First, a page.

Osborne noted that early on there had been the realization that this was a team effort and that patient advocates were an important part of the education and awareness process and their perspective was needed in understanding the disease better.


He said that in the past the symposium had held educational sessions of interest to survivors and advocates, and in 2004, patient advocate Amy Langer, then-Executive Director of the National Alliance of Breast Cancer Organizations (NABCO, which closed that same year), had presented the William L. McGuire Memorial Lecture (OT, 1/25/05).


“We always saw advocates as an important ingredient, and Susan’s role as moderator happened spontaneously and was a perfect fit,” he said, adding that Rafte was a patient advocate member of both Baylor’s Breast Cancer SPORE (NCI's Specialized Programs of Research Excellence) and the SABCS’s planning committee.


He said that advocates have been part of the case discussions held at noon at SABCS, and that in the distant past some doctors may have been uncomfortable with patient involvement in medical or scientific forums. But through the years, “most of us have learned their value as team members, and if there’s a role we’ll include them.”


Rafte, who was diagnosed with stage III breast cancer 18 years ago at age 30, shortly after giving birth to her daughter, said that she always wanted to give something back. Her sister, Jane Weiner, a New York-based dancer at the time, cofounded Pink Ribbons Project with some of her dancer friends to raise money for breast cancer in Rafte’s honor, and a few years later, after Rafte underwent an autologous stem cell transplant for metastatic disease, the organization was moved to Houston.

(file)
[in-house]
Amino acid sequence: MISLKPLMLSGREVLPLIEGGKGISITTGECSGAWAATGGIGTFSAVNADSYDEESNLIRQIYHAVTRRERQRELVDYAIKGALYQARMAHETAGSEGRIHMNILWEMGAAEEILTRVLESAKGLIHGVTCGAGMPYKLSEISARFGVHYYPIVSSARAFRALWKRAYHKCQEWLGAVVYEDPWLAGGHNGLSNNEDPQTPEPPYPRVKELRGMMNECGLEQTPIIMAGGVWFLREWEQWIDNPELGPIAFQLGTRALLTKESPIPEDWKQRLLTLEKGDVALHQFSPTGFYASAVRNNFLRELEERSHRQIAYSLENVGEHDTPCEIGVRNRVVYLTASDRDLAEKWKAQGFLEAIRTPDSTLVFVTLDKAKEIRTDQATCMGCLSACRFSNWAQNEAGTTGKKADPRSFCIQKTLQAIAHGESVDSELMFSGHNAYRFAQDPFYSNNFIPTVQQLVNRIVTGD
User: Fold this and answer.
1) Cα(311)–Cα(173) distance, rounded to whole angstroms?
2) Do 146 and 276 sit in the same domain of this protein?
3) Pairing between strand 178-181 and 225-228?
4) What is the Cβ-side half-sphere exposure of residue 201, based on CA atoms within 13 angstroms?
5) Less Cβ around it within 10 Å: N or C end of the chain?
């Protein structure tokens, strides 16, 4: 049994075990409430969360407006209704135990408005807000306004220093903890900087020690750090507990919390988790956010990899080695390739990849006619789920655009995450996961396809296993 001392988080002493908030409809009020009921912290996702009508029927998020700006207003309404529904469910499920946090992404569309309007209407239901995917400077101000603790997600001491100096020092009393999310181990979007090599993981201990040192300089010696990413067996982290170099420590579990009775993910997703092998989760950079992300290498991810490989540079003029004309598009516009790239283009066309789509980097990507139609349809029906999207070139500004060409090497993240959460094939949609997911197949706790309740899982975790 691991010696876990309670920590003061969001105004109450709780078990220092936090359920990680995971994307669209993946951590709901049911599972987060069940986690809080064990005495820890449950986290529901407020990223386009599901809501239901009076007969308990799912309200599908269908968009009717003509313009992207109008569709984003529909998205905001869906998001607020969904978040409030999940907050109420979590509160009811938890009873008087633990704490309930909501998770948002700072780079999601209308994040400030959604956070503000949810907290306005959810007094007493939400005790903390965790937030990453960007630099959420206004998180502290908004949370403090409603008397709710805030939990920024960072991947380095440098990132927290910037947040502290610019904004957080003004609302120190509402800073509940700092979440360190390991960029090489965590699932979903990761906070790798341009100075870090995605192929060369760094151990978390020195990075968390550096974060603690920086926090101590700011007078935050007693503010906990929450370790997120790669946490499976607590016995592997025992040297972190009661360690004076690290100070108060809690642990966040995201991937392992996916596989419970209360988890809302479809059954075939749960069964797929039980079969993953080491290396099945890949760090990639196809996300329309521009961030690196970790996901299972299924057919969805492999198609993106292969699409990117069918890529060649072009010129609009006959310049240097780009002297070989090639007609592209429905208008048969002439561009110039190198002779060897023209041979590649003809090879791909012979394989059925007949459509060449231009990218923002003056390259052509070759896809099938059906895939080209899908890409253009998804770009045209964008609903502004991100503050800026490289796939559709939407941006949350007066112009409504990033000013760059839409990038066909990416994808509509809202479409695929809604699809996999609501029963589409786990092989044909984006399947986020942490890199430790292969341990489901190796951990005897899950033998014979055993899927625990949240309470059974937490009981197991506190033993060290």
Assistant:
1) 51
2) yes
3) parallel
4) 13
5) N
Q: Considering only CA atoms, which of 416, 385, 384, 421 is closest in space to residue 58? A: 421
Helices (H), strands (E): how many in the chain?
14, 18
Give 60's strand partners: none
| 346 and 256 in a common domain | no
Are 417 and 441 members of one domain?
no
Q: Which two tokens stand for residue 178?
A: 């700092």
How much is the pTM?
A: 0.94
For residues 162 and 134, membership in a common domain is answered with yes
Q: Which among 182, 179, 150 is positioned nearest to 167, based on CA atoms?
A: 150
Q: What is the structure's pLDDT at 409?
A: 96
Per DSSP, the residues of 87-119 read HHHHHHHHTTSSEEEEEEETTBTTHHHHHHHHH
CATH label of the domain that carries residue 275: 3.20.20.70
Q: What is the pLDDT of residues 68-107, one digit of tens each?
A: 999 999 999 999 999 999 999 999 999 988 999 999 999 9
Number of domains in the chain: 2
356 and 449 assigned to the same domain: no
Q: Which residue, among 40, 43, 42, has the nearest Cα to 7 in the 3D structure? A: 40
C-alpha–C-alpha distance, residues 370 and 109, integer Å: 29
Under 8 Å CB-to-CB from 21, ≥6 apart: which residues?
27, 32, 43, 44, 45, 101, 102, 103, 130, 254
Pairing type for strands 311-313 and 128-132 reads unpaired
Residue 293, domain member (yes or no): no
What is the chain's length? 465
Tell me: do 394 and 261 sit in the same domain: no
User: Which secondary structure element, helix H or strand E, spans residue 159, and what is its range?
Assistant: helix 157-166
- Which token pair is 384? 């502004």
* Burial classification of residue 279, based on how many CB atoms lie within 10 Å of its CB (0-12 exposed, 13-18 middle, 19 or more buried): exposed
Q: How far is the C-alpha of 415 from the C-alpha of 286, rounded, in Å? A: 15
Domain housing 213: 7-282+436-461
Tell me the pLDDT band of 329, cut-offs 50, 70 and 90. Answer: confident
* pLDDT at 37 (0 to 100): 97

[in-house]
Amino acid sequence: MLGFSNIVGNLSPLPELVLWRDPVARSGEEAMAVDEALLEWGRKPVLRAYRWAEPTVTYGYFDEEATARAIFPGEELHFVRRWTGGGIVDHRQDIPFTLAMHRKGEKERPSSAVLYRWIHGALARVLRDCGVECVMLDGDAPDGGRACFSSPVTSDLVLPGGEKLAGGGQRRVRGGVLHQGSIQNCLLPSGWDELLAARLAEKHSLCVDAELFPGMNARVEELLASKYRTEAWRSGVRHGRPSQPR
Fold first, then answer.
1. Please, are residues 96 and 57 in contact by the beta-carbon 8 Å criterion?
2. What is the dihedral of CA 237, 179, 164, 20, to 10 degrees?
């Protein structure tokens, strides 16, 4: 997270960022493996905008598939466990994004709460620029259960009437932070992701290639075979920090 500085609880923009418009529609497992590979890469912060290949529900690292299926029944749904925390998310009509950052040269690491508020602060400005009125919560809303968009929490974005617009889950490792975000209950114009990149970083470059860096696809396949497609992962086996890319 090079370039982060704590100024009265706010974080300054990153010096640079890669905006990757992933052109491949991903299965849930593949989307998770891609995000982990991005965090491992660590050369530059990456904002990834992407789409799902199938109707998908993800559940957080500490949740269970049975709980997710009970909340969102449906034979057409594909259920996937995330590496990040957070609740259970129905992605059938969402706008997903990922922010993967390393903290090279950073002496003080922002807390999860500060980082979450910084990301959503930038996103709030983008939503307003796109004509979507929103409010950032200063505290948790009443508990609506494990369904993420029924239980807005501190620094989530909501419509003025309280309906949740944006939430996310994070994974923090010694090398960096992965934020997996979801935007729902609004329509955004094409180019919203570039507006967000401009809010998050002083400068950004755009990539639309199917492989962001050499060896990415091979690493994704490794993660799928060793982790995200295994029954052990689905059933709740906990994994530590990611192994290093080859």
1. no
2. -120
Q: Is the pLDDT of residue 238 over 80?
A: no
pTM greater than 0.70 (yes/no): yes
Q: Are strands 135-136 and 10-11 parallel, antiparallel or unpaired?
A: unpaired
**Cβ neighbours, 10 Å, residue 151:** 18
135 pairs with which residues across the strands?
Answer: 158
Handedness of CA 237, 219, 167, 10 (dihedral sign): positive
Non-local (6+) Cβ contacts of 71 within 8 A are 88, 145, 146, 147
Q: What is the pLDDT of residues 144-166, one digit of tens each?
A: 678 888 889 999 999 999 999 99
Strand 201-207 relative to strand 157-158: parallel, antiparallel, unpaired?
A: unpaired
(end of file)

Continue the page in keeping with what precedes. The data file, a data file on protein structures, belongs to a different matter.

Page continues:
Since then she has been deeply involved in the cancer community, as volunteer Executive Director and now Founding Survivor of Pink Ribbons Project, with the Baylor SPORE and SABCS planning committee, as an advocate member of the Translational Breast Cancer Research Consortium, as Chair of the Breast Health Collaborative of Texas, and as a volunteer and patient advocate at both MD Anderson Cancer Center and Baylor’s Lester and Sue Smith Breast Center.


She also received the 2002 Shining Star Award from the American Cancer Society and the 2004 Carpe Diem Spirit of Survivorship Award from the Lance Armstrong Foundation.


Rafte said that she and Alamo’s Sandi Stanford, the other patient advocate on SABCS’s planning committee, had suggested topics related to survivorship for an educational session of interest to breast cancer survivors, and it eventually became “Navigating the Obstacles and Risks of Survivorship.” “During the planning meeting I was just asked to organize it [without recognizing the significance at the time], and a few months later Eric Winer mentioned that I was the first survivor or advocate to moderate a session at San Antonio,” she said.


Among the other survivors who have been meeting regulars for years are Carolyn L. Charkey, an After Breast Cancer Diagnosis (ABCD) volunteer and former Y-ME staff hotline peer counselor. She agreed that the San Antonio meeting has been a great venue for advocates but also mentioned the strides that advocates have made in equality with researchers over the years from her experience as a DoD breast cancer grant panel reviewer.


“Advocates have had an equal seat at the table [at DoD] for years, with our voice having the same weight as the scientific and clinical reviewers who now want to hear from us about how proposals are going to affect patients in their lifetimes.


“Our input is listened to and taken seriously.”